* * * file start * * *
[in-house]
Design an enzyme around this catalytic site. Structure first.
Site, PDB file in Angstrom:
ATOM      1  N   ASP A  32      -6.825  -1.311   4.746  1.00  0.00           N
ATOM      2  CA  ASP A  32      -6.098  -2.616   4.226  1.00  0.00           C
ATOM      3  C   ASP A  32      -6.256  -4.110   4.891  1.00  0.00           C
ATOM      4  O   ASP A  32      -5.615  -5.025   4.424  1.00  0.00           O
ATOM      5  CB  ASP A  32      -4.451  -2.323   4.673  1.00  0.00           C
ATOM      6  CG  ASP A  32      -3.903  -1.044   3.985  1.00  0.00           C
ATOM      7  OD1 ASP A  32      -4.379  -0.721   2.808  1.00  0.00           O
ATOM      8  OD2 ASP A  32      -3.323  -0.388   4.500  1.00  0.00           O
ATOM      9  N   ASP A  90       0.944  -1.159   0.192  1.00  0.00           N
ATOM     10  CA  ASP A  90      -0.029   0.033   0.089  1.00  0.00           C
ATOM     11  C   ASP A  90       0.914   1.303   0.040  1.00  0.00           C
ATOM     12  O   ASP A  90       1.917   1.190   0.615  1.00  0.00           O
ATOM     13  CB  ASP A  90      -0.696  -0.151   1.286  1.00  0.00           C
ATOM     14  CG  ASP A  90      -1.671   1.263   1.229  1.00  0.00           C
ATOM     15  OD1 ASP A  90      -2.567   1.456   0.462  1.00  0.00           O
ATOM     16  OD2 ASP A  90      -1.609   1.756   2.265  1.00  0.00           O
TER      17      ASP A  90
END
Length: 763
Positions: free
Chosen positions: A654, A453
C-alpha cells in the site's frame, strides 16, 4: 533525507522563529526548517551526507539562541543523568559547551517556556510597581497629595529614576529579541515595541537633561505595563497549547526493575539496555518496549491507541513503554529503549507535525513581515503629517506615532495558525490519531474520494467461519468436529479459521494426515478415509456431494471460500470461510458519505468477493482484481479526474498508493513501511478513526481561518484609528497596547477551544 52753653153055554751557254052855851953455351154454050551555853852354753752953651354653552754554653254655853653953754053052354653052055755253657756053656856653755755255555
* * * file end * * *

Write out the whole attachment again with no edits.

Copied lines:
[in-house]
Design an enzyme around this catalytic site. Structure first.
Site, PDB file in Angstrom:
ATOM      1  N   ASP A  32      -6.825  -1.311   4.746  1.00  0.00           N
ATOM      2  CA  ASP A  32      -6.098  -2.616   4.226  1.00  0.00           C
ATOM      3  C   ASP A  32      -6.256  -4.110   4.891  1.00  0.00           C
ATOM      4  O   ASP A  32      -5.615  -5.025   4.424  1.00  0.00           O
ATOM      5  CB  ASP A  32      -4.451  -2.323   4.673  1.00  0.00           C
ATOM      6  CG  ASP A  32      -3.903  -1.044   3.985  1.00  0.00           C
ATOM      7  OD1 ASP A  32      -4.379  -0.721   2.808  1.00  0.00           O
ATOM      8  OD2 ASP A  32      -3.323  -0.388   4.500  1.00  0.00           O
ATOM      9  N   ASP A  90       0.944  -1.159   0.192  1.00  0.00           N
ATOM     10  CA  ASP A  90      -0.029   0.033   0.089  1.00  0.00           C
ATOM     11  C   ASP A  90       0.914   1.303   0.040  1.00  0.00           C
ATOM     12  O   ASP A  90       1.917   1.190   0.615  1.00  0.00           O
ATOM     13  CB  ASP A  90      -0.696  -0.151   1.286  1.00  0.00           C
ATOM     14  CG  ASP A  90      -1.671   1.263   1.229  1.00  0.00           C
ATOM     15  OD1 ASP A  90      -2.567   1.456   0.462  1.00  0.00           O
ATOM     16  OD2 ASP A  90      -1.609   1.756   2.265  1.00  0.00           O
TER      17      ASP A  90
END
Length: 763
Positions: free
Chosen positions: A654, A453
C-alpha cells in the site's frame, strides 16, 4: 533525507522563529526548517551526507539562541543523568559547551517556556510597581497629595529614576529579541515595541537633561505595563497549547526493575539496555518496549491507541513503554529503549507535525513581515503629517506615532495558525490519531474520494467461519468436529479459521494426515478415509456431494471460500470461510458519505468477493482484481479526474498508493513501511478513526481561518484609528497596547477551544 52753653153055554751557254052855851953455351154454050551555853852354753752953651354653552754554653254655853653953754053052354653052055755253657756053656856653755755255555